Format: Hardcover
Dear Vanessa Woods, I've never written to an author before, but I just HAD to when I finished your book, The Bonobo Handshake. Thank you, thank you, thank you for writing this book! I read a lot of nonfiction, and have long held a fascination for bonobos. This book was a perfect read for a lay person like myself and I learned so incredibly much from it. There aren't many books out there about bonobos, but the way you combine their story with your personal story, and with the huge story that is Congo in Africa is just so impressive and informative. I will now be on the lookout for anything else you write as I do for my favorite authors that include Carl Safina, Rick Bass, Sy Montgomery, Doug Chadwick, Bernd Heinrich, etc.

I will share this book and its story with everyone and look forward to seeing you and your husband's name in print again and will do my best to support the bonobos. Best of luck with all the great work you and everyone in the book are doing!!
Sincerely,
Margaret
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10 of 11 people found the following review helpful By Timberwolf on May 31, 2010
Format: Hardcover Verified Purchase
This book is not just an animal book (although it gives some great insight into chimps, bonobos, and their close relations to humans.) It's also first and foremost a people book, a journey of a young woman in a new world with a new man trying to find answers and meaning. In that sense, it's a journey that relates to us all. Woods' writing is funny, engaging, frank, and quite revealing, not only about the Congo and Bonobos, but about herself. Her insights are the type where you go, "I've felt that before but never been able to put it into words." Woods does not shy away from the atrocities that happened to both people and bonobos, and in fact, its the correlation that Woods makes between the behaviors of chimps/bonobos and people that makes this book so interesting. While a memoir, it reads like a fiction book, with the depth and breadth that you don't find everyday. Some books are so engaging that they keep you up into the wee hours of the night. This is one.
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5 of 5 people found the following review helpful By L. A. Enke on July 1, 2010
Format: Hardcover
I want a campaign to move this book to the front page of Amazon. Vanessa Woods captures the essential details of human existence in her words, making bonobos a metaphor for human conflicts, love and war, the challenges of conservation, her own marriage and self-development.

We have the backdrop of the Congo and the horrific challenges of people living there -- women in particular. Vanessa gives us a history lesson, not only of the big men and corporations in charge of the Congo, but the ordinary people snatching moments of joy when they find them. The writer sees special beauty everywhere and never damns the Congo landscape with Western judgement. Hugs from bonobos take on a tenderness that transcends their animal status. We feel baby bonobos slipping away from us, as Vanessa articulates the movement of every muscle until they breath no more.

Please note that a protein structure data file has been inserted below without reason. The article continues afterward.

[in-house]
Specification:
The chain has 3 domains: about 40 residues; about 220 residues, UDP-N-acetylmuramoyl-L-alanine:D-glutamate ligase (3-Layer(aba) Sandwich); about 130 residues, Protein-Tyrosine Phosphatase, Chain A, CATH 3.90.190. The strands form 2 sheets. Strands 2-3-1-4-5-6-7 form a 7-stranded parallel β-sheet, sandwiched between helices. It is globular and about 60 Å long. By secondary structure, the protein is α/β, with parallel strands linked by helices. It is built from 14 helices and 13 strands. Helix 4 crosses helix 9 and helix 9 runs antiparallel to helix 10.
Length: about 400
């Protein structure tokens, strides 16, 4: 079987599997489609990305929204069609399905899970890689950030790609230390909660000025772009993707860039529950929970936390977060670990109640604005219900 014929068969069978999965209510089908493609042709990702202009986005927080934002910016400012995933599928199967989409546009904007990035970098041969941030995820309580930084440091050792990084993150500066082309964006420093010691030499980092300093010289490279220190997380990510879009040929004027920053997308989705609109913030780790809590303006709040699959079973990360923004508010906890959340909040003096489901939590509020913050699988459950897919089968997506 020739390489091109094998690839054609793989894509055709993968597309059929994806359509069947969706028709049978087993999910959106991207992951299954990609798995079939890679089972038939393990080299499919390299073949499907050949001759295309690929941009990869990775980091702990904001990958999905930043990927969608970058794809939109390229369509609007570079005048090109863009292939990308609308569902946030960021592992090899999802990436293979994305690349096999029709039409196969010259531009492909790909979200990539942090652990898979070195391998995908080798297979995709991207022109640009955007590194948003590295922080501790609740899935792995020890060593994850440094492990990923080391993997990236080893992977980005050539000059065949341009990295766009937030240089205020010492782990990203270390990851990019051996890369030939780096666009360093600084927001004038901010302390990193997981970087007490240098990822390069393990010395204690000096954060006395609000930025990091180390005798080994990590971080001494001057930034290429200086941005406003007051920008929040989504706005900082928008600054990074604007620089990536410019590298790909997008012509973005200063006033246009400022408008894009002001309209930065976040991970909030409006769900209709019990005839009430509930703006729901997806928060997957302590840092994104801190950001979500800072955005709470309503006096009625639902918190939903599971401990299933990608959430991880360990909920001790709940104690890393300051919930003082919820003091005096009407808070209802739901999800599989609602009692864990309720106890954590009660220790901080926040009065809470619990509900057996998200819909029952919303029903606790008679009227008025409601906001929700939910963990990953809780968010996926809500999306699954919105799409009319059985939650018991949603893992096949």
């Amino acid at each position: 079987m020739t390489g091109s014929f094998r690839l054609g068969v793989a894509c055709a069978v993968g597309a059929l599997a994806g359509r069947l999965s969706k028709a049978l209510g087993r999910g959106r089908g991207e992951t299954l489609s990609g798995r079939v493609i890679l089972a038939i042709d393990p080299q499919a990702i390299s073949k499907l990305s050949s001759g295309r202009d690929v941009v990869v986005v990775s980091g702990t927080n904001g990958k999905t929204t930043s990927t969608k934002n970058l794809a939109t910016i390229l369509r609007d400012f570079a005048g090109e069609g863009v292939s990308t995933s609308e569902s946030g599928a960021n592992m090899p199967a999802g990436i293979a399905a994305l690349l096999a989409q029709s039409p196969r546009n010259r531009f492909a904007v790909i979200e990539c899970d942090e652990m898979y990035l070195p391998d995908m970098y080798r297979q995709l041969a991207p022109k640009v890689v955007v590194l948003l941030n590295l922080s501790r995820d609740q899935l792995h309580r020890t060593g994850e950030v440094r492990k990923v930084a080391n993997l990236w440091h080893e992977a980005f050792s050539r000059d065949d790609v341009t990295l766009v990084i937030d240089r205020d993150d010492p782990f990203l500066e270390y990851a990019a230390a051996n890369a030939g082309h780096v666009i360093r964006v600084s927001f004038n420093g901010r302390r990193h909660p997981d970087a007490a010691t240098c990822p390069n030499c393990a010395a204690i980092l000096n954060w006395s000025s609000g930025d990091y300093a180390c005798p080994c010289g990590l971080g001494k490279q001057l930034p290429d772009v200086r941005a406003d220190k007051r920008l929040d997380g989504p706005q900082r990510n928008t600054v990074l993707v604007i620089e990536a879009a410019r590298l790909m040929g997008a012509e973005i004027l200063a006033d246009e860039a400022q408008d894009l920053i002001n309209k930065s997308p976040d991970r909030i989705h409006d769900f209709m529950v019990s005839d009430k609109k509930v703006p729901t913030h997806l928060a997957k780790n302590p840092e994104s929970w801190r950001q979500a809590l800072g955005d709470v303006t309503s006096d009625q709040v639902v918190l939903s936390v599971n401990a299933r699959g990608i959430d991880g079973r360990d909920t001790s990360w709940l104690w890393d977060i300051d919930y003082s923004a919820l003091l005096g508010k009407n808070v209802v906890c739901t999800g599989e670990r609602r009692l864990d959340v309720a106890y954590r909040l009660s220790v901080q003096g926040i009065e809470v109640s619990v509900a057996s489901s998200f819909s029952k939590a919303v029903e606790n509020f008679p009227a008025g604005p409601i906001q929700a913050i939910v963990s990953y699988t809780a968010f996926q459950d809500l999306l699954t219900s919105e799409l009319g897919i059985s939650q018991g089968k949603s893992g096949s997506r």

You will view all Vanessa's babies and grownups, too, as unique creatures with much to teach us. Researchers like Vanessa and her husband have demonstrated bonobos's value as a society with different behavior systems and social organization. With bonobos, the ladies are in charge. Vanessa and I communicated by email and spoke on the phone yesterday, about [...], my website, swinging into a long-term fundraising plan for Vanessa and her bonobos.

The conservation movement couldn't ask for a more articulate, genuine writer and fine human being than Vanessa Woods. The bonobos may be gone soon, unless we share our humanity to save them. Yes, one weeps reading this book . . . if one has a bonobo heart like Vanessa Woods. This writer has succeeded brilliantly in her mission to unlock ours.
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7 of 8 people found the following review helpful By A Customer on May 27, 2010
Format: Hardcover
For those who are familiar with King Leopold's Ghost by Adam Hochschild, will especially appreciate the political update of Congo for the past 22 years from the time of King Kabila Sr., following the Rwandan genocide of 1998. Here in war-exhausted Congo, Woods offers a rare gift - insight into bonobos, the unknown and fast disappearing link to our ancestry. Six million years ago, our last common ancestor with apes split into three different lines, which would eventually become chimpanzees, bonobos and us. Unlike chimpanzees who are war-like, bonobos offer a peaceful coexistence, based upon tolerance. Woods and her husband, Brian Hare, study and compare chimpanzees and bonobos looking for answers to our emotional makeup. What they discover is so amazing, it takes ones breath away. An incredible read, one that moved me to adopt a bonobo within the Lola Ya Bonobo Sanctuary outside Kinshasa, capital of the Democratic Republic of Congo. Here traumatized bonobo orphans are raised to eventually be released into a safe sanctuary. You too may become first, enchanted, then determined to continue such work.
Sue Fleming, Salt Lake City